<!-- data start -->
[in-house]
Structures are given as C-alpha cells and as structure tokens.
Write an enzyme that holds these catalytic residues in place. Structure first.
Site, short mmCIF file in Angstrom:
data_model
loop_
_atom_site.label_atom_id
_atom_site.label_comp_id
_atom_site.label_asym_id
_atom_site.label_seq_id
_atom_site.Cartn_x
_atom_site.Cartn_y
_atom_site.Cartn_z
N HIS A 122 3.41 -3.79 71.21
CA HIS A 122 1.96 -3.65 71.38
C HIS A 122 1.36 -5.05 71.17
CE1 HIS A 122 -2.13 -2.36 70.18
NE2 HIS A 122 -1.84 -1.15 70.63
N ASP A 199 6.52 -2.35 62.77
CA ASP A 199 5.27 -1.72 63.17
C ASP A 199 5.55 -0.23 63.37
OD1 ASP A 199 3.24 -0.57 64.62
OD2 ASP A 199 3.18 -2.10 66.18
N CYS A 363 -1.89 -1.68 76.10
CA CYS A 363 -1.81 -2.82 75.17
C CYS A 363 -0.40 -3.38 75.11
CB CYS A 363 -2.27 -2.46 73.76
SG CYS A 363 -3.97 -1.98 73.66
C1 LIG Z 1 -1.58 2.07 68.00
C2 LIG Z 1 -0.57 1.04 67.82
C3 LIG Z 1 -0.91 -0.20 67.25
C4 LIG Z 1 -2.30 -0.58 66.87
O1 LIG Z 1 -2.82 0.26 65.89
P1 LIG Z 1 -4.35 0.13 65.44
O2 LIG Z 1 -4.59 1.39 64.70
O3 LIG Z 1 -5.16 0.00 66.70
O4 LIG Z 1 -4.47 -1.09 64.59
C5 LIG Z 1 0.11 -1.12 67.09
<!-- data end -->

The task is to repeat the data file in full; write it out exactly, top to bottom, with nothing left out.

[in-house]
Structures are given as C-alpha cells and as structure tokens.
Write an enzyme that holds these catalytic residues in place. Structure first.
Site, short mmCIF file in Angstrom:
data_model
loop_
_atom_site.label_atom_id
_atom_site.label_comp_id
_atom_site.label_asym_id
_atom_site.label_seq_id
_atom_site.Cartn_x
_atom_site.Cartn_y
_atom_site.Cartn_z
N HIS A 122 3.41 -3.79 71.21
CA HIS A 122 1.96 -3.65 71.38
C HIS A 122 1.36 -5.05 71.17
CE1 HIS A 122 -2.13 -2.36 70.18
NE2 HIS A 122 -1.84 -1.15 70.63
N ASP A 199 6.52 -2.35 62.77
CA ASP A 199 5.27 -1.72 63.17
C ASP A 199 5.55 -0.23 63.37
OD1 ASP A 199 3.24 -0.57 64.62
OD2 ASP A 199 3.18 -2.10 66.18
N CYS A 363 -1.89 -1.68 76.10
CA CYS A 363 -1.81 -2.82 75.17
C CYS A 363 -0.40 -3.38 75.11
CB CYS A 363 -2.27 -2.46 73.76
SG CYS A 363 -3.97 -1.98 73.66
C1 LIG Z 1 -1.58 2.07 68.00
C2 LIG Z 1 -0.57 1.04 67.82
C3 LIG Z 1 -0.91 -0.20 67.25
C4 LIG Z 1 -2.30 -0.58 66.87
O1 LIG Z 1 -2.82 0.26 65.89
P1 LIG Z 1 -4.35 0.13 65.44
O2 LIG Z 1 -4.59 1.39 64.70
O3 LIG Z 1 -5.16 0.00 66.70
O4 LIG Z 1 -4.47 -1.09 64.59
C5 LIG Z 1 0.11 -1.12 67.09